There is great value in the unknown.
My good friend Jeff Samson put it this way. “If I am ignorant of something and it is suddenly presented to me, I may find it innovative. The other option is that I will be annoyed by it, but eventually when enough others have accepted it, I will buy in and consider it innovative. So ignorance is as important to innovation as knowledge!”
Ignorance is also a valuable part of the future. Once a future is known, we quickly lose interest. For this reason, our greatest motivations in life come from NOT knowing the future.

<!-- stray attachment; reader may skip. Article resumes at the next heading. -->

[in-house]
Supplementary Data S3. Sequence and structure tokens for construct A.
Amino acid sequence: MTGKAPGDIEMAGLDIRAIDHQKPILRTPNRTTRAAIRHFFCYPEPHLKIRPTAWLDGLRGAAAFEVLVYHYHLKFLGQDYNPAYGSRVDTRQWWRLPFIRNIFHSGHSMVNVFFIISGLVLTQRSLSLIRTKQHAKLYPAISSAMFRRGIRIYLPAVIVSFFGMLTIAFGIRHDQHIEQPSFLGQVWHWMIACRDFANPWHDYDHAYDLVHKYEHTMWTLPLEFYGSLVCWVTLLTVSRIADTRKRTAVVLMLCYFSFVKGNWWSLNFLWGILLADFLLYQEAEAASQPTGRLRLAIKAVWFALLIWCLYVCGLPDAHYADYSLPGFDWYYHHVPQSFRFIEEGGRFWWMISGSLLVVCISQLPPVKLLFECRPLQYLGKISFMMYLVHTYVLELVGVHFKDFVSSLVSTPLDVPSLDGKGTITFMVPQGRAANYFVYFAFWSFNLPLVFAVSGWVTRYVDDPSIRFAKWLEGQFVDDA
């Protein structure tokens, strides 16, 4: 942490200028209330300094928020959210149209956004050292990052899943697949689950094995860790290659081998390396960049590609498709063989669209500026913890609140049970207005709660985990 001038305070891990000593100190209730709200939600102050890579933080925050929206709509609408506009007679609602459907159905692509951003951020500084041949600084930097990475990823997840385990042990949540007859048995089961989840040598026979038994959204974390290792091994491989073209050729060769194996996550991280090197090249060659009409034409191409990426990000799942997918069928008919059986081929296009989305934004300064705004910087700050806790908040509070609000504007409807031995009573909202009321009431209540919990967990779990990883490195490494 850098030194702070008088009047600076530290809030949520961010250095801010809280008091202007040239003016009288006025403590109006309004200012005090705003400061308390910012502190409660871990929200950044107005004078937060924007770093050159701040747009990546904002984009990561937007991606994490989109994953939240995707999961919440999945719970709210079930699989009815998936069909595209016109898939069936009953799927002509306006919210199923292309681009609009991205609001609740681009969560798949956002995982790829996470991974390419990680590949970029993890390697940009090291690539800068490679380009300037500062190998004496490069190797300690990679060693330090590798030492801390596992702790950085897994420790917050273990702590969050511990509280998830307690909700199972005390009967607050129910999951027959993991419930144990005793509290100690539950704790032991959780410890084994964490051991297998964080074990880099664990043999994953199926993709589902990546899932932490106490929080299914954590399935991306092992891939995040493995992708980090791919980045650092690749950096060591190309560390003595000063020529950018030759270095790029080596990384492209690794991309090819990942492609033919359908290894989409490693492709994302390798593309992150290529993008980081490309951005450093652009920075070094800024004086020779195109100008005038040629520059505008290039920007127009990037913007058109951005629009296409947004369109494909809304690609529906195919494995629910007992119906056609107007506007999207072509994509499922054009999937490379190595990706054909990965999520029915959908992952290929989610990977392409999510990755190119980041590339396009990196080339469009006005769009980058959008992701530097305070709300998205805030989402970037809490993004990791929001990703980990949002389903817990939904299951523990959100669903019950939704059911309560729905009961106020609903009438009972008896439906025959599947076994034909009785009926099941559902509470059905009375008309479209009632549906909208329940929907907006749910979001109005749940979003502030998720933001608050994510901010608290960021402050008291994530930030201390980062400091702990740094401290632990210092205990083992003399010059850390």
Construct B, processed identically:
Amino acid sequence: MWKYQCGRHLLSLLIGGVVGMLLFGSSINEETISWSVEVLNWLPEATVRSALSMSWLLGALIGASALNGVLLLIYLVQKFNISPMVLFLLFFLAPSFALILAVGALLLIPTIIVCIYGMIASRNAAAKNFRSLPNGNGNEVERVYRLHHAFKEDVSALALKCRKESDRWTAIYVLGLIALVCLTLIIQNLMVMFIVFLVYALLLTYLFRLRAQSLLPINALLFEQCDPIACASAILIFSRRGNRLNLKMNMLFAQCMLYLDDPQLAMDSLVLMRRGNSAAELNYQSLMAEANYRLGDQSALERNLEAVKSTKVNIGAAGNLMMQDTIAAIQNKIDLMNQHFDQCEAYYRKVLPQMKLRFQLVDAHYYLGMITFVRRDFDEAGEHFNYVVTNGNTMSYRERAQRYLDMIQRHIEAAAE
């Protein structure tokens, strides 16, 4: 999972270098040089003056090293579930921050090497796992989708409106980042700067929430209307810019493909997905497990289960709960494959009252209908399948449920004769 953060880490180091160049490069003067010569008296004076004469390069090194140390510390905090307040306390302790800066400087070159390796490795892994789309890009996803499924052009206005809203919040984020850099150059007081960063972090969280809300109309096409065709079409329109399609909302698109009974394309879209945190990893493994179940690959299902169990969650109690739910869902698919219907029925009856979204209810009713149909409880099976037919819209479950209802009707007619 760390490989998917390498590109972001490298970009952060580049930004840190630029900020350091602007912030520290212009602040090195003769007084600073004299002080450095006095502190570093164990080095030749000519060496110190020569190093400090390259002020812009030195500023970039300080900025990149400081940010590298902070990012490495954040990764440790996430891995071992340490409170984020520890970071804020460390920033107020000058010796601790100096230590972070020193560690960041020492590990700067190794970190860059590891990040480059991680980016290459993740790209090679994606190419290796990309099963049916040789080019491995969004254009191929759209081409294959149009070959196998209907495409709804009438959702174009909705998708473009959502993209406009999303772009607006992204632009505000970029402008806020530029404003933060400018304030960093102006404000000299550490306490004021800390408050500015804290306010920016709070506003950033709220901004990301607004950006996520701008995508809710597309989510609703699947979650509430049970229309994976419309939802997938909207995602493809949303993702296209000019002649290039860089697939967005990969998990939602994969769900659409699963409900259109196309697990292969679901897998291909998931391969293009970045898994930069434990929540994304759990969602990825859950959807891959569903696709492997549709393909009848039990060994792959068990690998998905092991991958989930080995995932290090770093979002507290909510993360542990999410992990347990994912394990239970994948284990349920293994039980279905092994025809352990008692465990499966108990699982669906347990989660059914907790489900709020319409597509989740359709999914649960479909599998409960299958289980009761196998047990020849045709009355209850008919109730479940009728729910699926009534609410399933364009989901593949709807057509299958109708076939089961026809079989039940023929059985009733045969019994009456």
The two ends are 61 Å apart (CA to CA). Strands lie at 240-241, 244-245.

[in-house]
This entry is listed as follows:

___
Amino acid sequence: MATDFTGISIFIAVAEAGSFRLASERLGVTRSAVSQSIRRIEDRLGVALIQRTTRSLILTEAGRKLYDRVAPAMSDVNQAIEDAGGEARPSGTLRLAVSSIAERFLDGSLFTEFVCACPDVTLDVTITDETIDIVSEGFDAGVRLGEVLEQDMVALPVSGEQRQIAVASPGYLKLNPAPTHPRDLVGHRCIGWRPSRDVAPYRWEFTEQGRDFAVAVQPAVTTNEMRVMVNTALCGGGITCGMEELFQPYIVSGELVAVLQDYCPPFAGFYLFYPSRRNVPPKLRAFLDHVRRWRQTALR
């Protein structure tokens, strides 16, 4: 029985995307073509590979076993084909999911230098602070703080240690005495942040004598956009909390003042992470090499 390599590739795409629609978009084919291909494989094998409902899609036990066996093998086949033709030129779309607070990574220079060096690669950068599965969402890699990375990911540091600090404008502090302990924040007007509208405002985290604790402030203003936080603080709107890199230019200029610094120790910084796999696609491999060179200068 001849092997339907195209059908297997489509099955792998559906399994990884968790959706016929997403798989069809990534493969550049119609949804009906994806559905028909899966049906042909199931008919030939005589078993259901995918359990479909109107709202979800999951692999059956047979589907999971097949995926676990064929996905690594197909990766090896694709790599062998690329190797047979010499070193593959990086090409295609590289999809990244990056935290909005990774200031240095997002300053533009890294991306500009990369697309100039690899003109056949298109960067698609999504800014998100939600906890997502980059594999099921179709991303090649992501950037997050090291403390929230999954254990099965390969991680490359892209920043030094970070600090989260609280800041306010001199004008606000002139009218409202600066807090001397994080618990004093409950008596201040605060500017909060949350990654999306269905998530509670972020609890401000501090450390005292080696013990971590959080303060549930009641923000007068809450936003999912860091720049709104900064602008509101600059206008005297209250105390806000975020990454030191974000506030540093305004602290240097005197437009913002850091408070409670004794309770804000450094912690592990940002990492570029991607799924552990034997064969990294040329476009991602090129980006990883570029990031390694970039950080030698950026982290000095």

So why, as a futurist, do I spend so much time thinking about the future?
Very simply, since no one has a totally clear vision of what lies ahead, we are all left with degrees of accuracy. Anyone with a higher degree of accuracy, even by only a few percentage points, can offer a significant competitive advantage.
Using this as a backdrop, here are four unexpected macro trends that I see dramatically influencing our future.